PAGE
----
A little ‘stretch and challenge’ for the New Year!

Virtual Primary Humanities Network meeting (Term 3)

ConsultancyWorkshops

Starting the New Year as we mean to go on!  Despite still being virtual in nature, I thought I would still try and provide a little ‘stretch and challenge’ during the third Primary Humanities Network meeting of this academic year.  After reviewing the suggestions given towards the end of our last meeting and bearing in mind the themes hitting the headlines and hot topics for discussion of late, I decided to focus today’s session around ‘critical thinking both in and beyond the classroom‘.

After formally welcoming everyone (many regulars and a few new teachers too from throughout the UK and further afield) and outlining the aims and structure of the meeting, I began with the usual ‘educational round-up‘ (Ofsted developmentslatest news, useful websites and new resources, many of which were FREE).  I referred to recent e-news from the leading subject associations here as well, namely the Geographical Association (GA) (https://www.geography.org.uk/), Royal Geographical Society with IBG (RGS-IBG) (https://www.rgs.org/) and the Historical Association (HA) (https://www.history.org.uk/).

I paused for 15 minutes so that attendees could bookmark favourites, explore web-links and materials further, ask any questions that they had, share best practice with others via the chat feed facility or by unmuting themselves.

The main part of the meeting kicked off with the following activity, which individuals embarked upon diligently and shared their thoughts enthusiastically in ‘breakout rooms’.

Next, we looked at critical thinking in and beyond the classroom in some depth.  I projected the slide below (critical thinking: a model for achievement – https://www.geography.org.uk/Critical-thinking-in-the-classroom) and provided a brief overview.

We then explored each circle in turn, along with a number of strategies that could be employed to nurture pupils, e.g. becoming better at thinking – flat chat, true for who? and question generator; making better sense of information – double bubble and argument frames; becoming more open thinkers – continuum line and silent debate.  Learning may also take place beyond the classroom environment, so attention was given to critical thinking and fieldwork.  Reference was made to 8-way thinking, epitome words, ‘so what’ chain, hexagonal linkages, plus- minus- interesting (PMI) and odd one outCase studies were integrated wherever possible, so that participants could see how easily such strategies might be included in day-to-day teaching and learning from EYFS to Year 6 and beyond.  Teachers attempted a few activities as well.  I allocated a good 15 minutes or so for independent exploration; a time for delegates to delve into those strategies that were most relevant to the age group that they currently teach and jot down a few ideas or activities to introduce to colleagues or incorporate into future lessons.

We finished with the below activities.  The first one generated much open discussion in ‘breakout rooms’.  I look forward to seeing evidence of and hearing about teachers’ experimentation over the next month or so.  The latter provided some very positive feedback, as well as a number of suggestions for possible themes for our next meetings.

Feedback from attendees can be viewed here:

Sum up today’s online meeting in five words/in a sentence or two:

Packed with ideas and resources.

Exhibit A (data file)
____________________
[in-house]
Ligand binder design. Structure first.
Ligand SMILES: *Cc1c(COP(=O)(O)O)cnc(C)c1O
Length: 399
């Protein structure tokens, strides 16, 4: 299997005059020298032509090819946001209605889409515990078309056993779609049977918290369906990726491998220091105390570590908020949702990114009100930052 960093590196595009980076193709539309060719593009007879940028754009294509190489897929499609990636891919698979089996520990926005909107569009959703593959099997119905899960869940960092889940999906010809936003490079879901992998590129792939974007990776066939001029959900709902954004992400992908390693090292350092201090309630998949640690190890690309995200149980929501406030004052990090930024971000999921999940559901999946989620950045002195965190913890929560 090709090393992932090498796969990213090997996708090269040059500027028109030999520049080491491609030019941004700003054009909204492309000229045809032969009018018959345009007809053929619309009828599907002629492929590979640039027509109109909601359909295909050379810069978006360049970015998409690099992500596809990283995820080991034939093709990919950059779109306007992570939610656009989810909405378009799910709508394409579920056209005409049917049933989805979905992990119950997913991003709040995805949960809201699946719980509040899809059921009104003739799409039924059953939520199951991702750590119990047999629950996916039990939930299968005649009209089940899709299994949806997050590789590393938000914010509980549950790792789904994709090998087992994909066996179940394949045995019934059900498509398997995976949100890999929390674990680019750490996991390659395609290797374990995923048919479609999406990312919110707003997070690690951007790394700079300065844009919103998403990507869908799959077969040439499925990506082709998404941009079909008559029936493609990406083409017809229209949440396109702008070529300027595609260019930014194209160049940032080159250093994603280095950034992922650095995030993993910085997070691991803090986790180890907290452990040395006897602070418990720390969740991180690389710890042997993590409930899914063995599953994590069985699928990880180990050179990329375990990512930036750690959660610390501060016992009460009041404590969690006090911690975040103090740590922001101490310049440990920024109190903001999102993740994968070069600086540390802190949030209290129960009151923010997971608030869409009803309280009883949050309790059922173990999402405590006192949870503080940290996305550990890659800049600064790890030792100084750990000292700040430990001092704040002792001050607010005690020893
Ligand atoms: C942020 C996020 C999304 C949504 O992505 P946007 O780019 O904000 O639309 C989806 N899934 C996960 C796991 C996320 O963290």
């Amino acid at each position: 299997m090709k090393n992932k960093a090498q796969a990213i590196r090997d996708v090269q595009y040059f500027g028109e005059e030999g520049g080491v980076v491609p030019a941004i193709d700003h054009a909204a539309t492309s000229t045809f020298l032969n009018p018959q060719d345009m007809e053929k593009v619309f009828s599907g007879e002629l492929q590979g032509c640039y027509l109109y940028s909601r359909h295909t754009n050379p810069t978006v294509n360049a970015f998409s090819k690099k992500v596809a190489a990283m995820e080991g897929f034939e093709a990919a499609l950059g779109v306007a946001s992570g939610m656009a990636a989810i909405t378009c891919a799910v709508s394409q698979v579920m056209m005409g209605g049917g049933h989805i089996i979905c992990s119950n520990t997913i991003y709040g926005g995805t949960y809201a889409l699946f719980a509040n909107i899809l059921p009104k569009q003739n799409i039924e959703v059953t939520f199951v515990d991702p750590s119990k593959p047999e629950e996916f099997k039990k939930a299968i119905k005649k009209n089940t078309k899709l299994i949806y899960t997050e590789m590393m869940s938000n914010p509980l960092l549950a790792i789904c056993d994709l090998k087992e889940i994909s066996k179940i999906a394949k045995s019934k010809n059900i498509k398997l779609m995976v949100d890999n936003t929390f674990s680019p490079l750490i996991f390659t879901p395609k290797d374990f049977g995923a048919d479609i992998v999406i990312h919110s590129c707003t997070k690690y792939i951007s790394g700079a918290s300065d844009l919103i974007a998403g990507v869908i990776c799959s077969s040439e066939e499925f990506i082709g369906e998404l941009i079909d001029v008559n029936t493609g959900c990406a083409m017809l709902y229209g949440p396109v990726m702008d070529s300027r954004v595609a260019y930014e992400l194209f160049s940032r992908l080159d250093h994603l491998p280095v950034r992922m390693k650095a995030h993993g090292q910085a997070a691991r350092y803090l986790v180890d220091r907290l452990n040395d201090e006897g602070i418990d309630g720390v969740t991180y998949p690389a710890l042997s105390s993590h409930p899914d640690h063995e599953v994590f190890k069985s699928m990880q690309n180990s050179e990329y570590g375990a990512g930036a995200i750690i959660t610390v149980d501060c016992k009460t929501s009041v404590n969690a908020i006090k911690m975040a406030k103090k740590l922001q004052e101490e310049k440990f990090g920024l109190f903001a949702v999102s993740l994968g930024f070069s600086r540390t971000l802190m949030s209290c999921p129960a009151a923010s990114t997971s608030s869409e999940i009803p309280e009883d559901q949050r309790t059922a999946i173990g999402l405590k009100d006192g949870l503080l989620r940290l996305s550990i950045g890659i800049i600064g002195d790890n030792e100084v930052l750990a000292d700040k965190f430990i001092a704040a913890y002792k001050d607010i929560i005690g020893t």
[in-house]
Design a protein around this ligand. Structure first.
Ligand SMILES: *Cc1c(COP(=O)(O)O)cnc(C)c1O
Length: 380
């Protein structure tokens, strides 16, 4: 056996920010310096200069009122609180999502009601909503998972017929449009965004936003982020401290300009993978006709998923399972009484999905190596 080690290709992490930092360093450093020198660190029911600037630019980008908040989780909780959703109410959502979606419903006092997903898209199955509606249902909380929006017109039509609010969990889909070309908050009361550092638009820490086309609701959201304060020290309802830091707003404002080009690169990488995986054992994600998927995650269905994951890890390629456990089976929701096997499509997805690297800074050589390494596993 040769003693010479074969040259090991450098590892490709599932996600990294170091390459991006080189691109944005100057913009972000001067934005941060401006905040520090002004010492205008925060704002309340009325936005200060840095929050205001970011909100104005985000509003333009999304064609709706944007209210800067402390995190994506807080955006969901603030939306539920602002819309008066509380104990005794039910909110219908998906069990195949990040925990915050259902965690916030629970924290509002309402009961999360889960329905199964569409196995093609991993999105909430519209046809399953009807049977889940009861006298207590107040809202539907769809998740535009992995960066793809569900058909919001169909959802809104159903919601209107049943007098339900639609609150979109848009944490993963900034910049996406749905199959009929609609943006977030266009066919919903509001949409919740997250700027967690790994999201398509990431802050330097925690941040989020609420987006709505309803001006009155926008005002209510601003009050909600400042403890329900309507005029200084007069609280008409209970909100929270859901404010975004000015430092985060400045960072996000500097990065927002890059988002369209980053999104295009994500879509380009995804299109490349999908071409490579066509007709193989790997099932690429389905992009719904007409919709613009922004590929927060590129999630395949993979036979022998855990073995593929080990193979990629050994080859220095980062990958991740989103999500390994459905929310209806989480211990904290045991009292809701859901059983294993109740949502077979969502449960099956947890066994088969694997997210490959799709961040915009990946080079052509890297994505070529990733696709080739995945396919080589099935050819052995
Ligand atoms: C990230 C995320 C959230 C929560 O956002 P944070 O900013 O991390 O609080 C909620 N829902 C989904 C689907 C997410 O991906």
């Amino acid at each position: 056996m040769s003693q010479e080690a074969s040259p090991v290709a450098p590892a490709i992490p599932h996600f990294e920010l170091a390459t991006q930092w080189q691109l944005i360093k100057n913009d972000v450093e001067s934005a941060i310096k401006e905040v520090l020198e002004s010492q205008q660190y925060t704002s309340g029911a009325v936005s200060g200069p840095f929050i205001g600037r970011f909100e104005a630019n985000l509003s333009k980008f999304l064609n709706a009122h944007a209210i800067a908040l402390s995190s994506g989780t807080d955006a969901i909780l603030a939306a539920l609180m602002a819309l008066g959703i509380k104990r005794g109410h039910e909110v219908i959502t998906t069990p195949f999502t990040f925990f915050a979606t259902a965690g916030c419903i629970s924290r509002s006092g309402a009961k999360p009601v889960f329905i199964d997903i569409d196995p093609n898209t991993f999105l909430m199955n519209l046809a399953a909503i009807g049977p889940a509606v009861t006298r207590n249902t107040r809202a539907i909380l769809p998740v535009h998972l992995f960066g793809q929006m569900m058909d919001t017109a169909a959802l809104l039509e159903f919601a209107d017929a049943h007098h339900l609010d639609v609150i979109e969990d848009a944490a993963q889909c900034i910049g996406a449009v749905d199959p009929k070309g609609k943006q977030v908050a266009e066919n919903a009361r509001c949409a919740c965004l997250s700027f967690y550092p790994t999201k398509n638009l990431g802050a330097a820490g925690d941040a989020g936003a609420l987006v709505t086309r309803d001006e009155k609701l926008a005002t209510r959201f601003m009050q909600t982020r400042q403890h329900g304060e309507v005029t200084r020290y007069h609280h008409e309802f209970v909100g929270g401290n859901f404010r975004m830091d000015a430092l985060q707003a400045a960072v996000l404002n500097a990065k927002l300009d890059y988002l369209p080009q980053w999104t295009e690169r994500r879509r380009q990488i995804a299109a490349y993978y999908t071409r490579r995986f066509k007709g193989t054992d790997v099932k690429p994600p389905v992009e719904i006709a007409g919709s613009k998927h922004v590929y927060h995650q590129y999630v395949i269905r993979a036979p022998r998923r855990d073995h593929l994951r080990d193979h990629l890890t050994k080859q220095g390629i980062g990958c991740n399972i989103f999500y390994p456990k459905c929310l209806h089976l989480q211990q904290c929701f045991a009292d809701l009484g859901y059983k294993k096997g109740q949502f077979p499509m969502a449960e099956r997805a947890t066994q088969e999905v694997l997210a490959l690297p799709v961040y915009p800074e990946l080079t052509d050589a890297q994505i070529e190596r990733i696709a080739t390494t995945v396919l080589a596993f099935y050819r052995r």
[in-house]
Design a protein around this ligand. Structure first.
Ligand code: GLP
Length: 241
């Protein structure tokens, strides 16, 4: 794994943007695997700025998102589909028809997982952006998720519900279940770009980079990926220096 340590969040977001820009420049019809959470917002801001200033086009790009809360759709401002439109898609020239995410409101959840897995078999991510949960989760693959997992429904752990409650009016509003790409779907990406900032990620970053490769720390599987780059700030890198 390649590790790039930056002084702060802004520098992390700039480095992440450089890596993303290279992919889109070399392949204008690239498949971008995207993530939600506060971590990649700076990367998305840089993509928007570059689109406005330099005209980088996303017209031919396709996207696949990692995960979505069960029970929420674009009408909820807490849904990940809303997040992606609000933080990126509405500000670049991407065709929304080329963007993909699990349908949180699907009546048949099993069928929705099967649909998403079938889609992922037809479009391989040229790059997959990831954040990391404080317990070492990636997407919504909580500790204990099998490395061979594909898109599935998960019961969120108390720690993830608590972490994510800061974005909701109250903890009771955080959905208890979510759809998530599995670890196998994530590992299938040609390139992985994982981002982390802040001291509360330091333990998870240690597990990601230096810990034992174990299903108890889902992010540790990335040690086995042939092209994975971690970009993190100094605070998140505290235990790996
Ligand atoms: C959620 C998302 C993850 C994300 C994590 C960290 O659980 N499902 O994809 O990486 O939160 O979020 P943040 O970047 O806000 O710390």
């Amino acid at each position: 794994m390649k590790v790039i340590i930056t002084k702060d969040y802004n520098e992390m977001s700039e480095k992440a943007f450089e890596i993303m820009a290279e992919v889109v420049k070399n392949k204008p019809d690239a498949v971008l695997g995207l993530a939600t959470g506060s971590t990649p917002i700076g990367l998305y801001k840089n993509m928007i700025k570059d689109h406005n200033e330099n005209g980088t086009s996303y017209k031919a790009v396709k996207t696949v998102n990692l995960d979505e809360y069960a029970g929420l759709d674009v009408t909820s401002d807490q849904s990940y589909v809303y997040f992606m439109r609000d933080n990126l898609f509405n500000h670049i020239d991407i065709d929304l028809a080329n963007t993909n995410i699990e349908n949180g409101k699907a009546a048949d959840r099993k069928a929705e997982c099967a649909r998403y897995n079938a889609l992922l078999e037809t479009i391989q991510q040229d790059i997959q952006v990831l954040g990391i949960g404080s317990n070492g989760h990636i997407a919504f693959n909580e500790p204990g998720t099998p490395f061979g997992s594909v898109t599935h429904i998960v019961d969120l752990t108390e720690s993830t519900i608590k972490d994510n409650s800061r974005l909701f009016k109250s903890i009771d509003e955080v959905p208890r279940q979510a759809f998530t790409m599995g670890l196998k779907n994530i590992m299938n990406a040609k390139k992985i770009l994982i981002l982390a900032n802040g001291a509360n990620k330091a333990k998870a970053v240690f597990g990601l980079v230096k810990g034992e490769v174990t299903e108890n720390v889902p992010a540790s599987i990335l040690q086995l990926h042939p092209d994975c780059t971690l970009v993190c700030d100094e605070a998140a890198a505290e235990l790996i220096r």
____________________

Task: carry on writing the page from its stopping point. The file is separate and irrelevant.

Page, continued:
Full of ideas, reminders and things to explore further!

Great ideas to support promoting oracy in the classroom.

Useful ideas and great case studies.

Lots of simple, but adaptable strategies.

Insightful; informative; useful.

Very helpful for a new Subject Leader!

Very useful to consider lots of different ways of encouraging children’s critical thinking.  Lots of resources to immediately use, which will fit in with planning.

Resourceful; full of ideas; practical.

Informative; inspiring; useful ideas.  Enjoyable!

Activities that are easily implemented.

Great ideas to get our classes thinking across all subject areas, not just geography.

5 words – inspiring; useful; thought-provoking; resource-filled; helpful.

Lots of information ready to use and share with staff, but also lots of information to take away and think about.

Practical ideas and lesson structures that are easily implemented.  Thank you!

Great ideas to promote discussion and thinking.

Thanks so much.  Really helpful and lots of great ideas.  See you next time.

Thank you, Emma.  Very useful and lots to think about!

Thank you, Emma, another great session!

Thank you so much.  This has been so helpful.

Brilliant!  Thank you.

Can’t wait to watch the recording and make more notes.  Many thanks.

I found the virtual meeting yesterday really informative and inspiring.  It has been a great help to me and has given me some excellent ideas and new resources to try. 

Thank you, Emma, for all your tips and ideas shared at the network meeting last Friday.

Possible themes for future Primary Humanities Network meetings:

  • How to assess geography in a meaningful way.
  • Creating a progressive geography curriculum.
  • Progression.
  • Fieldwork.
  • Skills progression by year group; more information for staff as PDFs or activities.
  • Fieldwork and progression in map skills from EYFS to Y6.
  • Skills focus (mapping/fieldwork/historical).
  • Linking the arts/humanities into STEAM.

Our next virtual event will be from 1.00 pm to 3.00 pm on Friday 18th March 2022.  Further details will be distributed by e-mail to any contacts that I have and a post added to this blog in a couple of weeks.

Stay safe and healthy in the interim.  Hope the remainder of Term 3 goes smoothly.

 

 

 

 

 

 

 

 

 

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